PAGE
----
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ROME — Expectations in Italy are on the rise for the future of Paolo Sorrentino‘s The Great Beauty (La Grande Bellezza), winner of the Golden Globe for best foreign film on Sunday night in Los Angeles.
Upon accepting the award, a surprised Sorrentino said, “Thank you, Italy! It’s a truly strange country, but a beautiful one.” That phrase was near the top of the front page on most Italian newspapers and news sites Monday, along with speculation that the Golden Globes honor could mean good things for the film come Oscar time. It has already been shortlisted for the best foreign language film Oscar.
It has been 25 years since an Italian film won a Golden Globe (Giuseppe Tornatore‘s 1989 film Cinema Paradiso) — even Roberto Benigni‘s three-time Oscar winner Life Is Beautiful (La vita e’ bella) was shut out.
Toni Servillo, who plays the main role in The Great Beauty, praised Sorrentino in the Italian press, calling the award “the consecration of Paolo’s great talents.”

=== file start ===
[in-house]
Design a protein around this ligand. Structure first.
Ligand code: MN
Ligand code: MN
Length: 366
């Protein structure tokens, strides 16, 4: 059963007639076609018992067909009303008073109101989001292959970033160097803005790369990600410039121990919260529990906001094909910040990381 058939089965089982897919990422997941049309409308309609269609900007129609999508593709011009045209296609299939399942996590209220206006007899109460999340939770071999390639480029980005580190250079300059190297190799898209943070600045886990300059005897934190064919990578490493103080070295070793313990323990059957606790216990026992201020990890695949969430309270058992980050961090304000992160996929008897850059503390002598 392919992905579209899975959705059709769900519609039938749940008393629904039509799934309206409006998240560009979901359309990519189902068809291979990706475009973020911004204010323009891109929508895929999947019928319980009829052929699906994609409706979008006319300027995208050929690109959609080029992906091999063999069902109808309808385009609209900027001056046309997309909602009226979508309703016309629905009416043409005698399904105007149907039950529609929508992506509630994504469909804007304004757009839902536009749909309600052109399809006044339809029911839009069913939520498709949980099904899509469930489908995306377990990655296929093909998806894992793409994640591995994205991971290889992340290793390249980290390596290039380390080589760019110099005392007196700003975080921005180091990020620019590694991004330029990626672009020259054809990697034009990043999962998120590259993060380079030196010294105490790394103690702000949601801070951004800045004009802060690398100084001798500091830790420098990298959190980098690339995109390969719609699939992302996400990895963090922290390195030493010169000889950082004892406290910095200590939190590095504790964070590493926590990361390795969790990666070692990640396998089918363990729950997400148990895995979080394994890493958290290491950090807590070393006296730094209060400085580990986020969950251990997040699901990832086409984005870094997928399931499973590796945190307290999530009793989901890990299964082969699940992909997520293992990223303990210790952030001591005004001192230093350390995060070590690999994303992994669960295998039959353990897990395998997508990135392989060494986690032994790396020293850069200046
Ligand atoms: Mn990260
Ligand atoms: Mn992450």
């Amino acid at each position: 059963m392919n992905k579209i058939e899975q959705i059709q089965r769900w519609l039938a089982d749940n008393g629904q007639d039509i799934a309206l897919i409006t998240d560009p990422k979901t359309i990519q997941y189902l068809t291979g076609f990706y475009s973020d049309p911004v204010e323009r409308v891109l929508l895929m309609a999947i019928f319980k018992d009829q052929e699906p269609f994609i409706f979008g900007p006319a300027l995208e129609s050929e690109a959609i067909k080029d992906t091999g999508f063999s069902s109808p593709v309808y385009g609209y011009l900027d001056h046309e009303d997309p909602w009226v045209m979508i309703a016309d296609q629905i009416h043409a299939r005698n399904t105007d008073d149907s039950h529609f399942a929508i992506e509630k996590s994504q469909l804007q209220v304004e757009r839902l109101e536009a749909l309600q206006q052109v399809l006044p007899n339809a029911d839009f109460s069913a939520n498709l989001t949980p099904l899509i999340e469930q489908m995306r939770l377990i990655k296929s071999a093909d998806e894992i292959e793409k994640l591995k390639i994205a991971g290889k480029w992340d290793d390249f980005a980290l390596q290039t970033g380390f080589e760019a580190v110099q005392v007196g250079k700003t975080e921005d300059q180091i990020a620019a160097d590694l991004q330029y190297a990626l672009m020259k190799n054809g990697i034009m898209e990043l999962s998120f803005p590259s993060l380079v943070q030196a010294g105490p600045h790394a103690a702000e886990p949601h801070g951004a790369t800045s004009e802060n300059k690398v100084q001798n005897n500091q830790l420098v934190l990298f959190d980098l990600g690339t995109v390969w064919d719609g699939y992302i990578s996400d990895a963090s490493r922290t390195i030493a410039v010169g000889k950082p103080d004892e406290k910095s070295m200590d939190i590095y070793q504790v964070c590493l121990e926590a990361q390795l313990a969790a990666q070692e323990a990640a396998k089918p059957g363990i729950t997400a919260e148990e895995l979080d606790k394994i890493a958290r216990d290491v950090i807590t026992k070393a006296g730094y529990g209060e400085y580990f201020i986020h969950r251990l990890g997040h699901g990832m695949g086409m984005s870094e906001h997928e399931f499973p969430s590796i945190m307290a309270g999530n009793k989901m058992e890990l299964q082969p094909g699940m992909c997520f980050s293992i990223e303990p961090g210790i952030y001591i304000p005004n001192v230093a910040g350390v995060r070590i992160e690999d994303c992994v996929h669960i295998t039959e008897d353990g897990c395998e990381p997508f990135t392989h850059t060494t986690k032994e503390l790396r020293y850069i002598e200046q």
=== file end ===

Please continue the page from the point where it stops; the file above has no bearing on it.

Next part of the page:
Similar tributes came from other corners. Minister of culture Massimo Bray said the film proved that “Italian cinema is still a protagonist” in world cinema, while Roberto Cicutto, the head of Cinecitta Luce, declared it “a great start to the year for Italian cinema.”
Almost every newspaper story in some way handicapped the film’s chances at the Oscars, an honor no Italian film has taken home since Life Is Beautiful. No Italian film has even been a finalist since Cristina Comencini‘s Don’t Tell (La bestia nel cuore) in 2005. (Tsotsi from South Africa’s Gavin Hood won the award that year.)
The Golden Globe award is just the latest honor for Sorrentino’s examination of the decadent high life in modern-day Rome. The film, which screened in competition at Cannes in May, won the best film honor at the European Film Awards; the best cinematography honor at Italy’s Golden Globes; five Silver Ribbons (Nastri d’Argento), Italy’s oldest film prize; and the Capri Visionary Movie Award at the just-completed Capri, Hollywood Film Festival.
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